Wondering if you should form your own Limited Liability Company (LLC)?
Before you take the plunge with this structure, see our list of advantages and disadvantages of forming an LLC.
When you’re ready to commercialize your offering, the next crucial step is to legalize it with the right business entity structure.
Your choice of structure determines how it will be treated for factors like federal and state regulations, tax treatment, personal liability, etc. There are a few different types of structures including S and C corporations and a sole proprietorship, though when your business is a new startup the LLC is probably the best option.
An LLC (Limited Liability Company) is one of the easiest, fastest, and most efficient ways to start a company.
In this article, we will explore LLCs, their pros, cons, and other fundamentals you need to know before deciding if an LLC is an appropriate structure for your business.
What is an LLC?
A Limited Liability Company is a legal entity that combines some aspects of a Corporation and a Partnership. It offers you a Corporation’s liability protection and a Partnership’s tax benefits. What this means is that you are not personally liable for any liabilities and debts the company accrues.
Regulations surrounding LLCs vary depending on the state, and most of them do not restrict ownership. Anyone, including corporations, individuals, foreigners, and other LLCs, can become members (LLC owners). However, entities like insurance companies and banks cannot form LLCs.
How Do You Form an LLC?
Regulations vary by state, but there are some similarities and hee are the steps to follow when forming your own LLC.
Choose a state in which to form your LLC.
You can file the paperwork in your state, but if you plan to operate in different countries, then you can consider state-by-state requirements and taxes.
Choose and register the name of your business.
File the Articles of Organization with the appropriate agency or the Secretary of State. These documents are necessary to create your business. You need to provide details including, the name of your company, contact information, address, owners’ identities, and other necessary information.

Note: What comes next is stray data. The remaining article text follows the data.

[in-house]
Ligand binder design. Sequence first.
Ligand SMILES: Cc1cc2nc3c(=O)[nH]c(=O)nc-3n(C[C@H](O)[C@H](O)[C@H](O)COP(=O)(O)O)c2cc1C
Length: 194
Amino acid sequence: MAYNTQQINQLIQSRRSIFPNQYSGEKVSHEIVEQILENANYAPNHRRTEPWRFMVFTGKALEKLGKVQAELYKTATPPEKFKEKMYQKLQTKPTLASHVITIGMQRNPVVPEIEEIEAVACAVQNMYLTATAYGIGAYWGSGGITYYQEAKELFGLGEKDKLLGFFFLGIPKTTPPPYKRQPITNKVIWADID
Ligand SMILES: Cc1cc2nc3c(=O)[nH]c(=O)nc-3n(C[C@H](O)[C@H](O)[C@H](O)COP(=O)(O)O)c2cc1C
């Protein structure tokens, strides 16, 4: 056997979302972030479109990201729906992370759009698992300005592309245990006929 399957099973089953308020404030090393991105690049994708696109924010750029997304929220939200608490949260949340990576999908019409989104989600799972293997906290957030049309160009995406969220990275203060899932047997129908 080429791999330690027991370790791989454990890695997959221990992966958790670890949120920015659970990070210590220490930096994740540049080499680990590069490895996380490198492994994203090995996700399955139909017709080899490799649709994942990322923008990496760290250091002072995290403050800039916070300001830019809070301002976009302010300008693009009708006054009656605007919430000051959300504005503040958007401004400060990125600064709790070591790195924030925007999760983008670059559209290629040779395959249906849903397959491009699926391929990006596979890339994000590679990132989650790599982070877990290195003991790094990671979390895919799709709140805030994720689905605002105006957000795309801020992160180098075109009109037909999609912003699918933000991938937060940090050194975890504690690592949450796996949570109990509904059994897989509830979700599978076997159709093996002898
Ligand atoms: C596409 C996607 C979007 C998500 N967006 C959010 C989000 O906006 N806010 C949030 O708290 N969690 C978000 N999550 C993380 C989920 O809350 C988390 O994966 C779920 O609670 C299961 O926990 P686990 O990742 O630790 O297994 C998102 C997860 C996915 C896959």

In some states, this is all that’s required to form an LLC. However, other states may have additional requirements. You may also need other documents to help run your business smoothly in the future. For example, some states may require you to provide permits, licenses, and an operating agreement if you have more than one member. It outlines each member’s role, their rights, and how you will split losses and profits.
What Are the Advantages of an LLC?
An LLC is an excellent option for most small business owners because it limits the principal liability, and it also has other benefits.
The LLC is a separate entity from the members. The members are not liable for any debts or losses. The exception to this rule is if they’ve signed a personal guarantee.
No Formal Records
Members do not need to record resolutions, have meetings, or keep formal minutes.
Members do not have to split profits 50-50 like in a Partnership. They can select profit distribution methods depending on what they agree on.
Think of LLCs as pass-through entities. Members are exempt from double taxation. If there is only a single member in the LLC, the total income received via the business is taxed through the individual’s tax return.
For LLC with multiple members, the taxation is just like in a Partnership. This means that each owner gets a part of the income based on their ownership percentage. Each one of them is subject to self-employment tax.
An LLC has fewer complexities in terms of costs and paperwork involved. There is also operational ease accompanied by less compliance and record keeping. Managing them is also easy since you don’t need to have a board of directors or hold annual meetings.
What Are the Disadvantages of an LLC?
Although an LLC has attractive features, there are some cons you need to know about, especially those that concern it’s structure.
You are considered self-employed, once you form an LLC. It’s, therefore, your responsibility to pay your Medicare and Social
Limited Growth Potential
If you plan to go public in the future, then an LLC may not be the best option for you. LLC members cannot issue employee shares or take the company public.
Depending on the state, most LLCs dissolve or cease to exist in the case of bankruptcy or the death of one of the members.
These are just some of the consideration you need to know about an LLC. For a more detailed look at them, visit GovDocFiling infographic on LLC Facts.
In most circumstances, a new business will form an LLC unless it is an insurance company or a bank. There are other options for startups however including registering as a freelancer or sole proprietor however an LLC is the most popular structure.